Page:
Ruddick is accused of beating Luca, an Australian Shepherd he was dog-sitting. Veterinarians found Luca's jaw was broken and her molars fractured. After a four-hour surgery, Luca had to have six teeth removed and her mouth stitched up to repair the damage.
The Springfield-Greene County Health Department released the incident report. In it, details on how the dog's owner knew what MSU Quarterback Breck Ruddick did to her dog. The report says he admitted it to her through text messages.
MSU football coach Dave Steckel is one of many officials declining to comment on animal abuse charges against QB Breck Ruddick. Rumors and questions about this case continue to build on social media. Many people asking why are animal control officers are investigating instead of Springfield Police.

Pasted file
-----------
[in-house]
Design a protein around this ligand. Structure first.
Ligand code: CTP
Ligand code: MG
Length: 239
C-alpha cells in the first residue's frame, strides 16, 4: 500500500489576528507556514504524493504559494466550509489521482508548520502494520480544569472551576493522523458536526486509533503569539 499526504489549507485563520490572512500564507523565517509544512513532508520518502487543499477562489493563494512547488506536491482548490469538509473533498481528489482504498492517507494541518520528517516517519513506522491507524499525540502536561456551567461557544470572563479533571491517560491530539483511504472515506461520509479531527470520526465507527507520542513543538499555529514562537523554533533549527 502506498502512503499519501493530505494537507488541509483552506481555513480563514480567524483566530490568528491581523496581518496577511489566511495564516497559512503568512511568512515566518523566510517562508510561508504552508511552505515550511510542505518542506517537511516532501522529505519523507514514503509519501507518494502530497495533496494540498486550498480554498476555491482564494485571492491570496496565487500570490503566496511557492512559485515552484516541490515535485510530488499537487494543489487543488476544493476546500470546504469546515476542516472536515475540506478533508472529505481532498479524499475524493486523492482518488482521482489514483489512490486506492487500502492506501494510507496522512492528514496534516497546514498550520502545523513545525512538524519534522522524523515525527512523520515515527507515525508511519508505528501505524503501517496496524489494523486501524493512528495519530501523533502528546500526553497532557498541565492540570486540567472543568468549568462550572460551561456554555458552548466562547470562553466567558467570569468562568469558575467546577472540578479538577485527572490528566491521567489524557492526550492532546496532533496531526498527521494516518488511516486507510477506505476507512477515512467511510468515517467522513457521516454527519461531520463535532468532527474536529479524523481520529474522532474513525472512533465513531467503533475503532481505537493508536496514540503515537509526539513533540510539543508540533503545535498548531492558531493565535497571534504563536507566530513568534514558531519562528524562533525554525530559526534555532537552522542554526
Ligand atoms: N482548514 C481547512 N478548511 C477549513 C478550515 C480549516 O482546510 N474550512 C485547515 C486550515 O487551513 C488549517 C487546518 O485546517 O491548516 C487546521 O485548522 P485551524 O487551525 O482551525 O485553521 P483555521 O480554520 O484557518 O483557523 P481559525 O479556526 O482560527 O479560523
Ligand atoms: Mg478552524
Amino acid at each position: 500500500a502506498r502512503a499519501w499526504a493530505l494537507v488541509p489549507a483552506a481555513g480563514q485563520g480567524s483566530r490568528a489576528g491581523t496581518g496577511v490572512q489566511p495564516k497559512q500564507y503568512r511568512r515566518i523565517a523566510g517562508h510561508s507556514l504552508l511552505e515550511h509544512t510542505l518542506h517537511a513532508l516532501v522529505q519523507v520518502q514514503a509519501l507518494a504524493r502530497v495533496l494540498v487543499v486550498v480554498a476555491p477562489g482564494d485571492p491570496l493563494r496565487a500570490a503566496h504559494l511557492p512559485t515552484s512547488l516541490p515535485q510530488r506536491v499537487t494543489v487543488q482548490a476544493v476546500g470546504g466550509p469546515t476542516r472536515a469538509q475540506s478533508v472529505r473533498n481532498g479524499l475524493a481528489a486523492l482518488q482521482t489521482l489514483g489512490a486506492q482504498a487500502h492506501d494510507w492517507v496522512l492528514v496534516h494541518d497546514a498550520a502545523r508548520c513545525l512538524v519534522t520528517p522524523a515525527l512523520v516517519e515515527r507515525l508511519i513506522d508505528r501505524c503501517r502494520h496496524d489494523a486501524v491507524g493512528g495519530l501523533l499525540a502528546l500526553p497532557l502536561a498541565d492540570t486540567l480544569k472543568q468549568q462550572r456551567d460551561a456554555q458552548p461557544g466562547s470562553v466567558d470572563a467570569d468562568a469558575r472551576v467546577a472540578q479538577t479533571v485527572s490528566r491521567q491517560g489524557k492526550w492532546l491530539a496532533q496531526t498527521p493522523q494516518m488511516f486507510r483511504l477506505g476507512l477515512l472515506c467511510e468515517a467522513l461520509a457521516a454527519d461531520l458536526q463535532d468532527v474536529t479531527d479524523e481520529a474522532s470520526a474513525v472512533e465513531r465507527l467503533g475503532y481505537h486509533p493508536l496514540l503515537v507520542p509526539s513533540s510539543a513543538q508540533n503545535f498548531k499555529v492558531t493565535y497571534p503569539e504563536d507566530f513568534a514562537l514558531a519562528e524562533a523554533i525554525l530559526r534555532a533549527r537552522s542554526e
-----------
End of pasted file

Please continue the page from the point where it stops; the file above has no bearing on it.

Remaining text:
That answer, according to police, is simple. Animal control officers - they're more experienced and familiar with these cases. They'll work alongside police.
What does the university have to say? Not much.
"It's out of our hands, I cannot speak about it. Take all these questions to Jill Patterson," said MSU Football Coach Dave Steckel.
Coach Steckel is referring all questions o the office of student conduct. They're doing their own investigation.
Ruddick will continue to serve a suspension until they're done. His attorney releasing a statement on his behalf monday. In it, he calls Ruddick "A young man of highest character, integrity and kindness." That the allegations have, "Numerous inaccuracies and untruths." Calling for everyone to end the, "Lynch mob mentality" in going after Ruddick.
He says Ruddick is cooperating with authorities, hoping to clear his name.
The tickets issued to Ruddick are violations of city laws and the penalties are handled on a case-by-case basis.
Missouri has some state laws but they are vague.
Officials say the investigation is still open and active and more charges could be filed.